+ Reply to Thread
Results 1 to 5 of 5
  1. #1
    Frosty14 is offline Junior Member
    Join Date
    Jun 2009
    Posts
    3

    Reasons that stand up in small claims court to countersue

    WA- We are in the process suing a subcontractor for breach of contract in small claims court. (faulty workmanship) Now they are threatening to counter sue because they believe it is a false claim? Assumming the judge either sides with us or has no decision, does thier countersuit stand any chance at winning? What are valid reasons to counter sue that stand up in court?
  2. #2
    latigo is offline Senior Member
    Join Date
    Apr 2009
    Posts
    3,724
    This jerk is bluffing!

    A defendant in a civil action CANNOT “counter sue” the plaintiff on the sole grounds that the evidence and applicable law doesn’t support the plaintiff’s claim. (Or as the sub has indicated, your claim against him is FALSE).

    That begs the entire question. And it’s question for the court to decide.

    If that is all the boob proposes to tell the court - that your claim is false - the court will treat it as a denial of your claim and proceed with the trial. Substance and not form control.

    A counterclaim is a separate cause of action brought against the plaintiff in the same lawsuit in which the defendant/counterclaimant seeks positive relief from the court. Generally arising out of the same set of circumstances described in the plaintiff’s pleading.

    But a responsive pleading that simply alleges that the plaintiff’s claims is legally untenable (for whatever reason) is NOT a counterclaim.

    [A counterclaim can be made on the basis that the plaintiff’s cause of action has been brought maliciously and thus is alleged to constitute an abuse of process. But that is an area of substantive and procedural law not presented here.]

    Talk is cheap so let the guy squawk all he wants. Just make sure that you have competent, strong evidence to prove your case against him.

    A cardinal rule followed by good trial lawyers is that they rely on the strength of their client’s case. Never on the weakness of the opponents case.

    Another rule is preparation, preparation, preparation, etceteras ……

    I’ve seen hundreds of lawsuits over tried, but never one over prepared. And that applies at every level – small claims to appellate cases.

    Sax
  3. #3
    tranquility is offline Senior Member
    Join Date
    Mar 2006
    Posts
    18,756
    I love latigo, but:
    A defendant in a civil action CANNOT “counter sue” the plaintiff on the sole grounds that the evidence and applicable law doesn’t support the plaintiff’s claim.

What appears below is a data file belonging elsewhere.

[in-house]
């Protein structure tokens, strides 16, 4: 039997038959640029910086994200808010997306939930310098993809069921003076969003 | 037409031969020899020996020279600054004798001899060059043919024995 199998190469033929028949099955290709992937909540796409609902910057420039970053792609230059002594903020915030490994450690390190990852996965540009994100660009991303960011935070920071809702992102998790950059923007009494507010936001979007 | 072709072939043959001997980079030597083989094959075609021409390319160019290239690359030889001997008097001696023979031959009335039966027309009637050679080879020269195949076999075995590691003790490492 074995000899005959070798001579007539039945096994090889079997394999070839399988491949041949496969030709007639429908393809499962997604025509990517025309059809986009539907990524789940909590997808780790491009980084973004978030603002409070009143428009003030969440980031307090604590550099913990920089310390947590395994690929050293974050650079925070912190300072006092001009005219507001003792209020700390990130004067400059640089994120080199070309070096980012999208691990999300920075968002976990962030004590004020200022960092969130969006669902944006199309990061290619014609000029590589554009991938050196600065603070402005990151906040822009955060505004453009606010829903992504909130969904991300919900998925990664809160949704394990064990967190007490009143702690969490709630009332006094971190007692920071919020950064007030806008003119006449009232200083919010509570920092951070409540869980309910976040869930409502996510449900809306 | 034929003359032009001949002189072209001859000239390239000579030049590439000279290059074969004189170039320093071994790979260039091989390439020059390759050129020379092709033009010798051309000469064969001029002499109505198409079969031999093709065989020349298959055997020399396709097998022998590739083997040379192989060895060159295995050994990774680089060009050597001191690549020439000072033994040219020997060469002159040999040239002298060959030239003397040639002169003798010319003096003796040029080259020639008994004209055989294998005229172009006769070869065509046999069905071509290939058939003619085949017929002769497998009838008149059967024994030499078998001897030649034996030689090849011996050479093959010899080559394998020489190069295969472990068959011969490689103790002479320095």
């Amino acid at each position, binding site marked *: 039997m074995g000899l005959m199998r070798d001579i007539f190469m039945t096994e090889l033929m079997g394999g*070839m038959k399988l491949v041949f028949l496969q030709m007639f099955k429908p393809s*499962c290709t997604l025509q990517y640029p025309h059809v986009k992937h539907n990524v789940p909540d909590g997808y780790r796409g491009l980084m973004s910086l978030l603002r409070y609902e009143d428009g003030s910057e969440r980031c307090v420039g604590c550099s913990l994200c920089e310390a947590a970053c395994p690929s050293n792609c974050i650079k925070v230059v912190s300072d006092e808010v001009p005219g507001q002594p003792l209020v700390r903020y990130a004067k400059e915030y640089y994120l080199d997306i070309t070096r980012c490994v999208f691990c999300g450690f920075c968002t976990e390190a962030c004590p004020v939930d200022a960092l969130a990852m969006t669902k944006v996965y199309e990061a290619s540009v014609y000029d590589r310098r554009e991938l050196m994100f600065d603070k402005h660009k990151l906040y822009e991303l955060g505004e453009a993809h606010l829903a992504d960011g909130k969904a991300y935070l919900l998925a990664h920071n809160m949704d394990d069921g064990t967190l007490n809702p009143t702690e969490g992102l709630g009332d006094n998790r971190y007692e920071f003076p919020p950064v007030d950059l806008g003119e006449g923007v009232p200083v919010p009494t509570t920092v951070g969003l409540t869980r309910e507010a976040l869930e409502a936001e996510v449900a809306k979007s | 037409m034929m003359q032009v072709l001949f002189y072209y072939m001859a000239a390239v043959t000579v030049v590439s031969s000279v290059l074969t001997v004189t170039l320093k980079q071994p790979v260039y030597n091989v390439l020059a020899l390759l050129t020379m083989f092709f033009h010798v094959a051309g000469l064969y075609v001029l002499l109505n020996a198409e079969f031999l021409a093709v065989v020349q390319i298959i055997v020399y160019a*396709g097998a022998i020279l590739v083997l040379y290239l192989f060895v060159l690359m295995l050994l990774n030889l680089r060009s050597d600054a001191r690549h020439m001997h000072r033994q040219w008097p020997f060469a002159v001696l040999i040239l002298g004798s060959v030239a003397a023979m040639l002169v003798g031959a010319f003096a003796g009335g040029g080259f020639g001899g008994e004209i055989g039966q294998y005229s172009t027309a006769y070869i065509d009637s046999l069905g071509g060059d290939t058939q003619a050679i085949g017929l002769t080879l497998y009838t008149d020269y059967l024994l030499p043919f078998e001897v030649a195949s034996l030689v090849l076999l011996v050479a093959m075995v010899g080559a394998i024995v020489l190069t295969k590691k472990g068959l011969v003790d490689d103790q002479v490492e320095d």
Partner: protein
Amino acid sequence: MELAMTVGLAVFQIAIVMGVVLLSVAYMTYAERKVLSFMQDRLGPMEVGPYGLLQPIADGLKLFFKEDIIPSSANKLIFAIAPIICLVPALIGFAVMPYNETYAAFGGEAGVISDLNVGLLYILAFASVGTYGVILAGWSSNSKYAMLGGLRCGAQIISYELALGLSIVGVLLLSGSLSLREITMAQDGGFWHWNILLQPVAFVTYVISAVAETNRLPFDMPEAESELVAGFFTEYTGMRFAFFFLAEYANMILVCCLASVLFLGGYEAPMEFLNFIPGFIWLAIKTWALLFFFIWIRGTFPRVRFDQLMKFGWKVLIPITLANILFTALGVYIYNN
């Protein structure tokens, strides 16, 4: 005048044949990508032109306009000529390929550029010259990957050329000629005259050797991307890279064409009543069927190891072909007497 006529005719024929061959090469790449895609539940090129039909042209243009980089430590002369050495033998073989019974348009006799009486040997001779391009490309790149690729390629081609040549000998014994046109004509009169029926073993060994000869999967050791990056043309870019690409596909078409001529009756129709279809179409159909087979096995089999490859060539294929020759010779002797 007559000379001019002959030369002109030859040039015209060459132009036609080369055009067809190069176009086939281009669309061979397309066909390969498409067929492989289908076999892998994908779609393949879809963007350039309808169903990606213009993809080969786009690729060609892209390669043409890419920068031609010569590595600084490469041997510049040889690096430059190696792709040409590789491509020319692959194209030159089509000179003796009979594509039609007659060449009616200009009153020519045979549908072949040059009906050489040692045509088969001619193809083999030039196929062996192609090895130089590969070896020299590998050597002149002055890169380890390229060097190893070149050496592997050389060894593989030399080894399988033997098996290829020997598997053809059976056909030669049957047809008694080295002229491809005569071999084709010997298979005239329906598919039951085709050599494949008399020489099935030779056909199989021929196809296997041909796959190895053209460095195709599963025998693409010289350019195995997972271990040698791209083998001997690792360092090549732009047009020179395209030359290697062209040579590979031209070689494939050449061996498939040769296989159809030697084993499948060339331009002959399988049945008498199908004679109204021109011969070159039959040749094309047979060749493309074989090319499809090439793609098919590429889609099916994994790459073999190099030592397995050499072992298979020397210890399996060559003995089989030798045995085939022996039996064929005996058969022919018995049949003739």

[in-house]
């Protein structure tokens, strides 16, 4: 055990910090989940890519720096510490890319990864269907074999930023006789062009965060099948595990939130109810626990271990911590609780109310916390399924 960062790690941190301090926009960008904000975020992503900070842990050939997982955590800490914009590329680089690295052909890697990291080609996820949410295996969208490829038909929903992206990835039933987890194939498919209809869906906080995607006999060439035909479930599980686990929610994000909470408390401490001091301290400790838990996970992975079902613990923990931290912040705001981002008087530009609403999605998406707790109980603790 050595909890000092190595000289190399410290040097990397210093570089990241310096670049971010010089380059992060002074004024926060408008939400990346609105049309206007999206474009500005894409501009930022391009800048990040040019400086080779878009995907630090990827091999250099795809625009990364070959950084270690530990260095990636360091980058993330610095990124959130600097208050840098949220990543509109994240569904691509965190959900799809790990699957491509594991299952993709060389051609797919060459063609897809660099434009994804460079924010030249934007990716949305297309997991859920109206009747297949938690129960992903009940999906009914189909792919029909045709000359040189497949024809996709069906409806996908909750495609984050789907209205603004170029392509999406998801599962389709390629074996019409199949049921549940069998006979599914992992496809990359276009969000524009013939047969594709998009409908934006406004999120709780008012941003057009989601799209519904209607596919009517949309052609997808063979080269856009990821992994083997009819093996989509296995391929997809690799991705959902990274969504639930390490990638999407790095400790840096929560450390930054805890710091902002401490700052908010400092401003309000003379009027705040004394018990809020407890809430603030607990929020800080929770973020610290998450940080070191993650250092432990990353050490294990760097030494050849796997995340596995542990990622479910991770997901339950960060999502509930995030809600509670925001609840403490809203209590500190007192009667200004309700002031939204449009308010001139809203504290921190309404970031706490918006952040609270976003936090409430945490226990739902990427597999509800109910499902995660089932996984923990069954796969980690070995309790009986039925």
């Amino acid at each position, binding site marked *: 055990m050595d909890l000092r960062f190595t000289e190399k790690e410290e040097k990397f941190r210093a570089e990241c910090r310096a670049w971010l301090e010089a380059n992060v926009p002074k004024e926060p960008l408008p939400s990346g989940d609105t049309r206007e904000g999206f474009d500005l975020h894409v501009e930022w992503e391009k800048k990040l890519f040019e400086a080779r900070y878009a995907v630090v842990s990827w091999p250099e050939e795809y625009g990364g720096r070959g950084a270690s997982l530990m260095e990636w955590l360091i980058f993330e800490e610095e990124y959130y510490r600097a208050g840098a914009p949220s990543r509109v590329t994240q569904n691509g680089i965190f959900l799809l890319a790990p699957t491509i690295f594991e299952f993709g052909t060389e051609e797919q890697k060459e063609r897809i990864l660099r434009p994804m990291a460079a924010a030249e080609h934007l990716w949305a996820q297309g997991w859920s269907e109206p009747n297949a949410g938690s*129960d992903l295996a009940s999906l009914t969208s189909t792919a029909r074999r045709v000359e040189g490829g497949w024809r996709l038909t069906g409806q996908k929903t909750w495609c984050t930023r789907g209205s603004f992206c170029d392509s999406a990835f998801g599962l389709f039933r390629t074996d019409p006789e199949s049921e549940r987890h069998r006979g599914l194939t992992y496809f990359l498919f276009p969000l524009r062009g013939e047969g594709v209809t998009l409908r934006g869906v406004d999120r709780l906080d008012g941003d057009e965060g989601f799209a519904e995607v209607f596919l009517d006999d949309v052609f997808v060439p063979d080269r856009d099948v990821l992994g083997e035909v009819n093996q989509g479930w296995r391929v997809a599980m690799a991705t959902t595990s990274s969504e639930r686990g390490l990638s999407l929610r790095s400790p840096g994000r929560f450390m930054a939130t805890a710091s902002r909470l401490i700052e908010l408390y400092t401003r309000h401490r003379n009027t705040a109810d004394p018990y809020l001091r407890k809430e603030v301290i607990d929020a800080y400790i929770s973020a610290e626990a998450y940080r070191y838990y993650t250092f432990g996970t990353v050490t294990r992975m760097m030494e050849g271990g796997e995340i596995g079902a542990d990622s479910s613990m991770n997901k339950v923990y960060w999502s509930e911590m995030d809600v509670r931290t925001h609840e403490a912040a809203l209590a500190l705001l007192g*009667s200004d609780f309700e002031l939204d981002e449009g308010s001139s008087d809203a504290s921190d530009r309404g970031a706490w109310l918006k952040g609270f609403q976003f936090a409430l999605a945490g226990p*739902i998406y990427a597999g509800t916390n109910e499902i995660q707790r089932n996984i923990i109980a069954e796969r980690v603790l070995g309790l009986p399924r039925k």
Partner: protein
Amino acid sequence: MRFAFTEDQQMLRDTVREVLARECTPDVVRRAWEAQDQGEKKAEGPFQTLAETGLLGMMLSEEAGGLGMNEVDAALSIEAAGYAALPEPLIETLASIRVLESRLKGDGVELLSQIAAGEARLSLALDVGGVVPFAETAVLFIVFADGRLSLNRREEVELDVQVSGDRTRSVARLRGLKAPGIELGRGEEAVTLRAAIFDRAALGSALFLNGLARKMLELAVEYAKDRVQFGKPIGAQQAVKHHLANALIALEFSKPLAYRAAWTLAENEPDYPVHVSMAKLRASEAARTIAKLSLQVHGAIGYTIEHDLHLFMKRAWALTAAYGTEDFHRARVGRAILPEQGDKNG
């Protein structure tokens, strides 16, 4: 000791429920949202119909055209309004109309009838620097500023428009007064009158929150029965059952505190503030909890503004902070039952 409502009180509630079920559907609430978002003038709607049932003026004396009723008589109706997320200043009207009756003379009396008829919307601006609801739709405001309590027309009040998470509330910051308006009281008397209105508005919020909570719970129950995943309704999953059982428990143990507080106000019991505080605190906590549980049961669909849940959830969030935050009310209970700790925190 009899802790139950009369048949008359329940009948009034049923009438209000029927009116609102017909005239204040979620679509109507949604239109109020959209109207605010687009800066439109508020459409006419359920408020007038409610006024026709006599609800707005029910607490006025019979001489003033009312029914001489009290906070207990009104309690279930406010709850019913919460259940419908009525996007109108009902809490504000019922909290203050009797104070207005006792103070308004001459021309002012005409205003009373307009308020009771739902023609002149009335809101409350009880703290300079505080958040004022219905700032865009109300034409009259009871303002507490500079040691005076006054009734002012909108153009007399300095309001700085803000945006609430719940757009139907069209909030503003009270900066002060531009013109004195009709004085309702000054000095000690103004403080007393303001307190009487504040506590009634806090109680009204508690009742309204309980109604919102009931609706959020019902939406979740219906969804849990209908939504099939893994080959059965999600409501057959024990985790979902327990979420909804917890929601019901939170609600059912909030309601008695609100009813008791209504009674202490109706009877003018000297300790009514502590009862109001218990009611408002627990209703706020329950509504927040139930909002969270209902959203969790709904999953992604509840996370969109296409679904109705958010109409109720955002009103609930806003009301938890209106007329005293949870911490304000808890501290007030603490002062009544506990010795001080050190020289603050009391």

Sure they can. That is pretty much the definition of malicious prosecution.

    While I like the rest, this is a very unfortunate phraseation. (Is that a word?)
  4. #4
    latigo is offline Senior Member
    Join Date
    Apr 2009
    Posts
    3,724
    tran:

    Read the small print!

    “A counterclaim can be made on the basis that the plaintiff’s cause of action has been brought maliciously and thus is alleged to constitute an abuse of process.”
  5. #5
    jhlwstdnt is offline Member
    Join Date
    May 2009
    Posts
    36
    Looking at this with my architect/contractor hat on, I'm with Tranquility. The sub in this case could be stating a fact. I glanced at the Washington Construction Law Manual and did not find a "faulty workmanship" cause of action.

    I know what the OP infers, but I see many Owner's and general contractors abuse their superiority over subs, many times to avoid payments. There really aren't enough facts here to claim that the sub cannot counter sue for malicious prosecution.

Similar Threads

  1. Countersue in NH small claims
    By hwkkix in forum Libel / Slander / Defamation
    Replies: 4
    Last Post: 06-20-2011, 04:20 PM
  2. Replies: 6
    Last Post: 02-19-2009, 01:15 PM
  3. What court process for claims bigger than small claims amount?
    By mdb31483 in forum Small Claims Courts
    Replies: 1
    Last Post: 09-25-2005, 07:40 AM

Posting Permissions

  • You may not post new threads
  • You may not post replies
  • You may not post attachments
  • You may not edit your posts
  •  

© 1995-2012 Advice Company, All Rights Reserved

FreeAdvice® has been providing millions of consumers with outstanding advice, free, since 1995. While not a substitute for personal advice from a licensed professional, it is available AS IS, subject to our Disclaimer and Terms & Conditions Of Use.